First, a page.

Rutgers Research Professor, Daniel Hausman, examines the ethical questions around human challenge trials for COVID-19 vaccines
The first human challenge trial to test COVID-19 treatments and vaccines is set to begin in January in the United Kingdom. These trials, in which healthy volunteers are infected with the virus after being given different vaccines under development, have sparked ethical debates around the benefits of developing a vaccine quickly and the risks of directly exposing people to coronavirus.
“I looked for a compelling ethical objection to challenge trials for COVID-19 vaccines but found none —assuming they have the huge benefits and low risks that have been claimed,” said Daniel Hausman, a Research Professor at Rutgers Center for Population-Level Bioethics. He discussed the findings of his recently published paper in the Journal of Medicine & Philosophyexamining ethical issues of challenge trials.
What are the benefits and risks of challenge trials?
Human challenge trials involve giving healthy volunteers a candidate vaccine or a placebo and deliberately exposing them to coronavirus in order to test the effectiveness of the therapy.
Since researchers don’t have to wait for participants to be exposed to the virus naturally, some suggest challenge trials will save considerable time and thousands of lives in the midst of the pandemic. By selecting only a small number of young and healthy volunteers, the risk that any would be hospitalized would be very low, and the risk of permanent injury or death lower still.
One might think that the possibility that challenge trials would save thousands of lives could easily justify subjecting well-informed volunteers to these risks. However, some ethicists and some members of the public still have qualms. It is these that I try to understand and respond to.
What ethical questions arise in challenge trials?
One argument rests on the general principle that researchers ought not to expose healthy volunteers to more than minimal risks, unless the research has therapeutic value for the volunteers. Since the participants in the control arm of a human challenge trial are exposed to the virus without any vaccination, these studies violate the general principle and are ethically unacceptable.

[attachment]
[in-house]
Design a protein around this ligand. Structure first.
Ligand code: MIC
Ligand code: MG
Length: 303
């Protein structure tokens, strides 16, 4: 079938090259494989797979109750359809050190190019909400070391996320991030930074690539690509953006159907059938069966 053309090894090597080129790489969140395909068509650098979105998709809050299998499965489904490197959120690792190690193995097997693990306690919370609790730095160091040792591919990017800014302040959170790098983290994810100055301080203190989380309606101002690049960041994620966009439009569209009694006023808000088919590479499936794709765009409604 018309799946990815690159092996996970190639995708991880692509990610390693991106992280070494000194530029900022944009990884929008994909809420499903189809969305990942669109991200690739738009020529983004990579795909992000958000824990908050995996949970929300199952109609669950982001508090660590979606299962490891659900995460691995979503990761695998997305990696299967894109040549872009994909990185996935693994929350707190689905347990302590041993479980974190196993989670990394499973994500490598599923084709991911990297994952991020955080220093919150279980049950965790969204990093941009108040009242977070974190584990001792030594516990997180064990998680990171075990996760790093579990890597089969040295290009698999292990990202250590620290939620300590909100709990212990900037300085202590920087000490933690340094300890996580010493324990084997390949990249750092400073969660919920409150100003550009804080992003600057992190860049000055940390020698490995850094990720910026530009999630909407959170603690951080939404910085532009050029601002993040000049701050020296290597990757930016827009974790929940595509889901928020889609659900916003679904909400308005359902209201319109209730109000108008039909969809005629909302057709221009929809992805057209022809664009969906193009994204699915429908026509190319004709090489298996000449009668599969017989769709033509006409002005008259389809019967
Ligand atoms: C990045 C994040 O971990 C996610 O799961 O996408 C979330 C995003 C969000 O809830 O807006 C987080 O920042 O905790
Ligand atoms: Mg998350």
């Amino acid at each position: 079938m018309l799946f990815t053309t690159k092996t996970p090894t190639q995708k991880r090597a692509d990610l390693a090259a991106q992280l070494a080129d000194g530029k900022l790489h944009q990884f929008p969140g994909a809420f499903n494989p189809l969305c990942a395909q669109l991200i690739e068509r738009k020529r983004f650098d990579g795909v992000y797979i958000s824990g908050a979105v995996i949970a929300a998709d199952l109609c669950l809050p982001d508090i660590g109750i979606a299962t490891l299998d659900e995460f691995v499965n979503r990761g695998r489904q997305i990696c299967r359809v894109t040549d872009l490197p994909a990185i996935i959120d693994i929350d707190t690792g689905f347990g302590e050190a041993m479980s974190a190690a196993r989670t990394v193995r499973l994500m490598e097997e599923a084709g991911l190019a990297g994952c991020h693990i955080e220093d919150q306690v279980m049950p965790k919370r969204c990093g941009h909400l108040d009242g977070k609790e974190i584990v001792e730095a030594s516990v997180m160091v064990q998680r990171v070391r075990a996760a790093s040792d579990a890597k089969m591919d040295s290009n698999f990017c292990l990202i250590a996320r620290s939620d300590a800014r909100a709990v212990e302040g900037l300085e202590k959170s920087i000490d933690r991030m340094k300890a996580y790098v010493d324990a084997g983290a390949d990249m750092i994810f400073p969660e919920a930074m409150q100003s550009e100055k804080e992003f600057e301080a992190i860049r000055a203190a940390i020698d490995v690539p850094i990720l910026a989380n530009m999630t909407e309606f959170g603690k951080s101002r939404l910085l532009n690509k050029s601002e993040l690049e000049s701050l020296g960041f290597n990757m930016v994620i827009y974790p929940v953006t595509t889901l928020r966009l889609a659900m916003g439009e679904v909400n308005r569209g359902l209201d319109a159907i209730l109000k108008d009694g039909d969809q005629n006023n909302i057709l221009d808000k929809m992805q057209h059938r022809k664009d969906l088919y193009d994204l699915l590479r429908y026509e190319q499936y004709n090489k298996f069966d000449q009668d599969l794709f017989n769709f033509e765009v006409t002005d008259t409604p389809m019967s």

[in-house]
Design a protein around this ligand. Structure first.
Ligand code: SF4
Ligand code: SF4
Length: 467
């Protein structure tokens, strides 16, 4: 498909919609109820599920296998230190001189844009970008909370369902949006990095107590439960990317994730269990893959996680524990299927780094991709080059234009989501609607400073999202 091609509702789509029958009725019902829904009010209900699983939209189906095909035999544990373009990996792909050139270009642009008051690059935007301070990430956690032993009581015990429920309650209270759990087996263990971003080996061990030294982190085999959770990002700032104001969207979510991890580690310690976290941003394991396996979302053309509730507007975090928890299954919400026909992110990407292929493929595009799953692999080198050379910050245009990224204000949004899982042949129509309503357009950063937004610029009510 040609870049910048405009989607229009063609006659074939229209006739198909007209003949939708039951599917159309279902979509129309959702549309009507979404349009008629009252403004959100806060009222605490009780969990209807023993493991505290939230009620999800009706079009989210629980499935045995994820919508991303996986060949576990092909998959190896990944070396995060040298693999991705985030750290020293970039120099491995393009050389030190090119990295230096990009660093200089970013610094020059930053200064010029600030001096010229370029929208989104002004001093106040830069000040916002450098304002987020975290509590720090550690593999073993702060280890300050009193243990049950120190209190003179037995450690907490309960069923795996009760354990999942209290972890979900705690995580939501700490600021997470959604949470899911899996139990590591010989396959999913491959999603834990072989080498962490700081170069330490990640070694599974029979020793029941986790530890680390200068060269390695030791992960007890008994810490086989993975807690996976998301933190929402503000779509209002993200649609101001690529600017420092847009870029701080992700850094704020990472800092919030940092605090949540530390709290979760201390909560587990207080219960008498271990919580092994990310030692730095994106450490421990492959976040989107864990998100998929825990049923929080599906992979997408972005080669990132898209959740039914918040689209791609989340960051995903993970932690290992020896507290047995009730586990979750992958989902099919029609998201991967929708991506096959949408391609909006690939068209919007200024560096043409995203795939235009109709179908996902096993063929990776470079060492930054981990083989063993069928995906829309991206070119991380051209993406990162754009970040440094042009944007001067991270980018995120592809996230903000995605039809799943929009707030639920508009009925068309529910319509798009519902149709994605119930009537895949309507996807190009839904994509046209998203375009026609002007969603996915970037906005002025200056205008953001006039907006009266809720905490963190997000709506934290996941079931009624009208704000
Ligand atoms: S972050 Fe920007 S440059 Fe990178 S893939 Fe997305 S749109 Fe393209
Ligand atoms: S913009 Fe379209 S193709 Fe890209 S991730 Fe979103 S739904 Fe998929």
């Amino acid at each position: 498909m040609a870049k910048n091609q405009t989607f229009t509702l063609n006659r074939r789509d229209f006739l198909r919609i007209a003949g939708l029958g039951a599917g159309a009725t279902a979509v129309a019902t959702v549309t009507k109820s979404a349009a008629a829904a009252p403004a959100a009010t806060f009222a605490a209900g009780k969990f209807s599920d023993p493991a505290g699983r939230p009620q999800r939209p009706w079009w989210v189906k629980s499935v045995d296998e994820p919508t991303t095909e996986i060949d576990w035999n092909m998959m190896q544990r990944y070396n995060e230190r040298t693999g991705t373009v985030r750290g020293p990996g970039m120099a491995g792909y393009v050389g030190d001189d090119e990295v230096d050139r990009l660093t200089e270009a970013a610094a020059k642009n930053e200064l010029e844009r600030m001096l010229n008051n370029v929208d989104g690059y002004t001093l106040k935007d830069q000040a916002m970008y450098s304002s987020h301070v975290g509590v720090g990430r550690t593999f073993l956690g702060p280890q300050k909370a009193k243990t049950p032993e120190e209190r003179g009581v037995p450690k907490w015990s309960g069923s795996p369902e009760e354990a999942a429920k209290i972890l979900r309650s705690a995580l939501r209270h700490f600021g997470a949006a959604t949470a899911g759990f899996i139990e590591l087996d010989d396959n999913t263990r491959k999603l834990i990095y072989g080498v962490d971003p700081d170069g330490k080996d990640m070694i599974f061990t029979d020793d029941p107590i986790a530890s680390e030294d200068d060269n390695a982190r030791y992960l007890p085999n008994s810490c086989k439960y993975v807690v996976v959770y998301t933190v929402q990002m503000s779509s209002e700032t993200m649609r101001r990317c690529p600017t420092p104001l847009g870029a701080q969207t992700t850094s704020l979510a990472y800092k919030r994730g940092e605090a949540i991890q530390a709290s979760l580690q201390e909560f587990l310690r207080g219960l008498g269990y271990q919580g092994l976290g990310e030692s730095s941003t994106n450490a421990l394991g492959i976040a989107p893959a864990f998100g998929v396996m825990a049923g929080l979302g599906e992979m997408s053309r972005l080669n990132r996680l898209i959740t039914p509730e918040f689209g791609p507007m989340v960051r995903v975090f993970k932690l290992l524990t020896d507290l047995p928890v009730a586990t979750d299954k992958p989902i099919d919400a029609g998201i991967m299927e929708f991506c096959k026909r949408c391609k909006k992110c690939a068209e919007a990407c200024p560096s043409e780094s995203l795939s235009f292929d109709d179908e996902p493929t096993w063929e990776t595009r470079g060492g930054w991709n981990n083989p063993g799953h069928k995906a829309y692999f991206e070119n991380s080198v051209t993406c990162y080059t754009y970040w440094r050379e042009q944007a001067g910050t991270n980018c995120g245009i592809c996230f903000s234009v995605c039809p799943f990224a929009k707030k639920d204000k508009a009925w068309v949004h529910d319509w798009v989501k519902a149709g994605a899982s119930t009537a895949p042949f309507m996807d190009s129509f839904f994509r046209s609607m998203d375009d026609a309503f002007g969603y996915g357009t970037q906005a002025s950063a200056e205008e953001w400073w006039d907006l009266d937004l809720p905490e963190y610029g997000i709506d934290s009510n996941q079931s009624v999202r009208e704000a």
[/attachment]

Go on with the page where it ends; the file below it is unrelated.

In my paper, I respond that the principle is mistaken. Taken seriously, it would rule out most research. While there must be an expected benefit to justify imposing risks on participants, the benefit does not need to be for participants themselves.
Another argument rests on the principle that it is never morally permissible to intentionally harm innocent people. Human challenge trials would violate that principle, but so do other practices that are unobjectionable, such as kidney transplants from live donors, which intentionally impose harm on the donors. Once again, the supposed principle is mistaken.
Finally, there are doubts about how much risk experiments can impose on the whole group of participants, even if the risk to each individual is small. That’s a judgment call, but given the potential benefits from human challenge trials, I would call it in their favour.
Are the ethical questions around challenge trials compelling?
If volunteers are harmed or killed, it risks potentially undermining the public’s confidence in medical research and professionals, and some oppose challenge trials because of this. This is a serious concern, but the potential benefits seem to justify these risks.
After examining each of these arguments, the ethical questions around potential harms are not compelling when considering the massive benefits challenge trials are expected to provide in the COVID-19 pandemic.
The original study can be found here.
Image credit: Mauro Mora